Prince George’s sheriff’s office pays tribute to fallen deputies


Prince George's County Sheriff Melvin C. High speaks in front of a newly-erected fallen deputies memorial to mark the 10th year anniversary of the line of duty deaths of Sergeant James Anaud and Deputy First Class Elizabeth Magruder. (Daniel J. Gross (The Gazette))
August 30, 2012

Although the two Prince George’s County sheriff’s deputies were killed a decade ago, their character, personality and dedication to service were remembered Wednesday in Upper Marlboro.

The Prince George’s County Office of the Sheriff held a memorial ceremony for them at department headquarters, using a newly erected monument for line of duty deaths as the centerpiece of the tribute.

Pfc. Elizabeth Magruder, 30, of Clinton and Sgt. James Arnaud, 53, of Calvert County, had gone to a home in Adelphi on Aug. 29, 2002 to serve a court-ordered emergency petition to a man who had been behaving erratically during a period of several days, the sheriff’s department said. Upon entering the home, the man ran into a basement bedroom and barricaded himself inside, but later came out of the room with a handgun and opened fire on the deputies killing both, according to the sheriff’s department.

Arnaud was shot in the throat and died on scene, while Magruder was shot in the head and died at a nearby hospital, sheriff’s deputies said.

The two deputies became the first and only members to make the “ultimate sacrifice” in the 316 years of the department’s existence, said county Sheriff Melvin C. High.

Family members of the victims, sheriff’s department personnel, former county sheriffs and community members gathered at the Memorial Monument to share memories of the two deputies and take part in a wreath-laying ceremony. The site features a stone platform, flag poles and a raised sheriff’s office insignia with the Latin phrase “Eternus Memoria,” meaning eternal memory.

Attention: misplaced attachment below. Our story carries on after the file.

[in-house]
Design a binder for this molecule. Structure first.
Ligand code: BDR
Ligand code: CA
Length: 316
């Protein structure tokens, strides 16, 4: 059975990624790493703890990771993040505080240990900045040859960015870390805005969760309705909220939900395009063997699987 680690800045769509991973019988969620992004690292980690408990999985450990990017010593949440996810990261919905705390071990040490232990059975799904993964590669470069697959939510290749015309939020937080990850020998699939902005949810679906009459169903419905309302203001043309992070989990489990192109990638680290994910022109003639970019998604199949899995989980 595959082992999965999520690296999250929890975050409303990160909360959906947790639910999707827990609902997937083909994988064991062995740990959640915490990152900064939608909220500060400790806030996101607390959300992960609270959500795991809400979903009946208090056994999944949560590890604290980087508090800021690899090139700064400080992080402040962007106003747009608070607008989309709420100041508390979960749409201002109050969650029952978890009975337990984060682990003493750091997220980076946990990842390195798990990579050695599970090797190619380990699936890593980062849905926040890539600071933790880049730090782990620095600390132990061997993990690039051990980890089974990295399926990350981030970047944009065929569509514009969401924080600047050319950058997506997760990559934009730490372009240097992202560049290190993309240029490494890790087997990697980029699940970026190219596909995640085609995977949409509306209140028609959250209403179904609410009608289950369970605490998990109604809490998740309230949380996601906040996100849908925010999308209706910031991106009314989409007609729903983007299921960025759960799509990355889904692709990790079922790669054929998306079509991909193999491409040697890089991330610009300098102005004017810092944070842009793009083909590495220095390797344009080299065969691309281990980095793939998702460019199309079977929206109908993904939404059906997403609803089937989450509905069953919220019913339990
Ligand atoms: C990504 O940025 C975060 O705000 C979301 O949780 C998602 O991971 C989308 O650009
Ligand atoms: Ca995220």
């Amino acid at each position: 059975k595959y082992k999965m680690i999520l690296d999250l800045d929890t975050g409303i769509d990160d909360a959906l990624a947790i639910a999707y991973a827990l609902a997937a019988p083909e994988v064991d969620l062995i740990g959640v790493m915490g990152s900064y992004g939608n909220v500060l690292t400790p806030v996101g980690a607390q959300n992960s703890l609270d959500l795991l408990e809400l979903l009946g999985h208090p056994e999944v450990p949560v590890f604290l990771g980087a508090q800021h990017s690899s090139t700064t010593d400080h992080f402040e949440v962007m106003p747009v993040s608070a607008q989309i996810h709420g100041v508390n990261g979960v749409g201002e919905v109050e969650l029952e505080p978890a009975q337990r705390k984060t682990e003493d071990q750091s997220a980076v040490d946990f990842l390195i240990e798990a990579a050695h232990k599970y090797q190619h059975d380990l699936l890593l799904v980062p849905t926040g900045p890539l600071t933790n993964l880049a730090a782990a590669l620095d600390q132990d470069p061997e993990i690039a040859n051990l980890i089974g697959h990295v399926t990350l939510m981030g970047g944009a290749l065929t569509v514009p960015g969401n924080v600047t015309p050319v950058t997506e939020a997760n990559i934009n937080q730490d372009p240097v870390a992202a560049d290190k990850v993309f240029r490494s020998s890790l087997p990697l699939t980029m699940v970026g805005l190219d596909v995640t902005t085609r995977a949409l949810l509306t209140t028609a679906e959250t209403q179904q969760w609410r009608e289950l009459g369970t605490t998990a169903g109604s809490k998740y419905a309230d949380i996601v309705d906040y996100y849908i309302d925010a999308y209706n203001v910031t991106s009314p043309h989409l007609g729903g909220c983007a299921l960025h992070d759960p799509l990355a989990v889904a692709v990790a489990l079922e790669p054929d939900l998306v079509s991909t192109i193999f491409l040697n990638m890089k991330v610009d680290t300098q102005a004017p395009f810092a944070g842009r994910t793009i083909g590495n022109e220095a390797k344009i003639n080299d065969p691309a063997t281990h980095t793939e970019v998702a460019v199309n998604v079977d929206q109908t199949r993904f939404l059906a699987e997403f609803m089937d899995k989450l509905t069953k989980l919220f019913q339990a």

“Law enforcement requires that our members bring with them, as they join our ranks, courage, honor, integrity and commitment to duty,” said High during the ceremony. “When we take the oath, we recognize the risks associated with this work. Yet, we decide to do it anyway. I believe this places our work in the special category of a calling — a mission if you will — not a job. No doubt this was the view of Sergeant Arnaud and Deputy Magruder as they took our oath.”

Magruder’s husband, Derwinn, said he feels the county now is a safer place because of his wife and Arnaud’s service.

“I feel very honored,” he said of the monument and ceremony. “This is letting me know that they haven’t forgotten the sacrifice that [Magruder] made.”

Arnaud’s daughter, Jamey, said she was happy to see the monument erected and asked those in attendance to keep her along with deputies and their families in their prayers.

“He was a man of value, he was strong, he had integrity and he was hard-working,” she said.

Both family members fought back tears while receiving dedication plaques to honor their lost loved ones.

“To the families, friends and colleagues of Sergeant Arnaud and Deputy Magruder, accept our gratitude,” High said. “And as this monument indicates, we will never forget.”

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